Sony's full-frame mirrorless duo, the A7 and A7r, are about to become just a bit more capable with the latest firmware released today. Improvements include faster autofocus, improved startup time, and a vaguely stated 'improved image quality.'
If you have been salivating over the Sony A7 or A7r full-frame mirrorless cameras, now may be the time to pull the trigger. There is a deal going on with select retailers that will give you $300 off the purchase price when you trade in ANY old camera.
This year was a mixed bag for cameras, with some genuinely amazing products showing up alongside a slew of incremental upgrades and more-of-the-same. Here are our picks for the cameras that truly had something new to offer.
The DSLR is everywhere. You see it around the necks of tourists, against the faces of pro photographers. Since Canon introduced the Digital Rebel in 2003, the DSLR has come to dominate photography outright. That ubiquity is about to come to an end so abrupt, you might not even have time to notice it.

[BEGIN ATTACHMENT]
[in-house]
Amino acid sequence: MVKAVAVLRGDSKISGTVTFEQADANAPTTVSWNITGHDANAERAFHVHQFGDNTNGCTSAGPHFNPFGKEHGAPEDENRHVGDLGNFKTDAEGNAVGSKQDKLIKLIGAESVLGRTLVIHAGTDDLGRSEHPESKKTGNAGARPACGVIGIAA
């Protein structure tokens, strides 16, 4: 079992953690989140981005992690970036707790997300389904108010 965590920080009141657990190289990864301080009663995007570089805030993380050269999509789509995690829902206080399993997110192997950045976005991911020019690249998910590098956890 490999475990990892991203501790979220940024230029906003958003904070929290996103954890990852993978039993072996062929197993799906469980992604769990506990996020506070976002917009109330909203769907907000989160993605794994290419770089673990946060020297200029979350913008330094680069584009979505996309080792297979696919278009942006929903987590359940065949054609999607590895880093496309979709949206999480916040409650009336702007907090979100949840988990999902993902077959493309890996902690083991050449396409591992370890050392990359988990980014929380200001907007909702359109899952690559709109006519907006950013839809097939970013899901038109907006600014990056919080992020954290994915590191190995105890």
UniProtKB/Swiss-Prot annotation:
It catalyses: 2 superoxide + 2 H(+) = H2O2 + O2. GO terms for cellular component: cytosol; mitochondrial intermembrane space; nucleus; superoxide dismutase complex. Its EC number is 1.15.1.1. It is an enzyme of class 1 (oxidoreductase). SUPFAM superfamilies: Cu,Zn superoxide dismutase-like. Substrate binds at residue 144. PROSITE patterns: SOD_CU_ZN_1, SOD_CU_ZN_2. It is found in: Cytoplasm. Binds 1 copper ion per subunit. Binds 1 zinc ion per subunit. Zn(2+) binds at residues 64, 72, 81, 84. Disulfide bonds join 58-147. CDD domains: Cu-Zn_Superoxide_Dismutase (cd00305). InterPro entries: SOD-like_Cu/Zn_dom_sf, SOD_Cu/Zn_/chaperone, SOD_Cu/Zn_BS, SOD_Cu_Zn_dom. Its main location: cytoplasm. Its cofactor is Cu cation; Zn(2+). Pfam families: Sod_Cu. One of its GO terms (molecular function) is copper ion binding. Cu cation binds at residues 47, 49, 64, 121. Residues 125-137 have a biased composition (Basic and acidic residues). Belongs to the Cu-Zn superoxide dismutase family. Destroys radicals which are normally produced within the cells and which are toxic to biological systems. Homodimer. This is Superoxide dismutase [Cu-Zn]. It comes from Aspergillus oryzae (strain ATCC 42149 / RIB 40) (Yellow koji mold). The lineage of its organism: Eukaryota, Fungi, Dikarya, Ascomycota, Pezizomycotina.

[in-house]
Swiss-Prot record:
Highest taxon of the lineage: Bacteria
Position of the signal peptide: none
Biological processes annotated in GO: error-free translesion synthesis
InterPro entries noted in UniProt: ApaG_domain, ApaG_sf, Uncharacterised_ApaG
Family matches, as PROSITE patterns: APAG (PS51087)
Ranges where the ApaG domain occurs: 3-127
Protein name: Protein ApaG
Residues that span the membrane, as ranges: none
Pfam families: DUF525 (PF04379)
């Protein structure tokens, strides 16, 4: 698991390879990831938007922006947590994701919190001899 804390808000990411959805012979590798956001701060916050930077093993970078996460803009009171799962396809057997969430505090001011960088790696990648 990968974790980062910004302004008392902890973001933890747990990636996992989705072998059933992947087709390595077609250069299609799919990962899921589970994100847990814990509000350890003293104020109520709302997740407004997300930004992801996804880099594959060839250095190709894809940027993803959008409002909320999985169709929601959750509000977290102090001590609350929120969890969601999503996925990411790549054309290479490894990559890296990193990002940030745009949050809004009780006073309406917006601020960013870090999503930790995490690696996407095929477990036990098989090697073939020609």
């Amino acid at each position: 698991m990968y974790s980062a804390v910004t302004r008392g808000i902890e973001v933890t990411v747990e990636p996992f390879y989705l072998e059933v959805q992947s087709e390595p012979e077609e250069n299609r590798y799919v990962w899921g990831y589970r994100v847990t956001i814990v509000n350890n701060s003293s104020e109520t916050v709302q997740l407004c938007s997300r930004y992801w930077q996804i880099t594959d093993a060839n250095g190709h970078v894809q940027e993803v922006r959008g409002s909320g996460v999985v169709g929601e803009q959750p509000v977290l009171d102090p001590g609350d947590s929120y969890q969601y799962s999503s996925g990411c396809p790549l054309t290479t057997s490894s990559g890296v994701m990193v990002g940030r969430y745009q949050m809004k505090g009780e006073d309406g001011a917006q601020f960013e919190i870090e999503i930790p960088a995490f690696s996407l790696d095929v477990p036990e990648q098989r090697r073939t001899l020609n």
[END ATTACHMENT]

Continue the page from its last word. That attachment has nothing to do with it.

The full-frame camera has been synonymous with the most high-end DSLRs—the biggest, the priciest. Not anymore. A new breed of camera that's light on its feet but packs the best image quality outside of pro-grade gear is here, and it starts with Sony's new A7 series.
Mirrorless interchangeable-lens cameras have come a long way in only a few years. And after gradually layering on new features and capability, they've finally reached an apex in Sony's new A7 and A7r models, both of which sport that big and beautiful bastion of image quality—the full-frame sensor.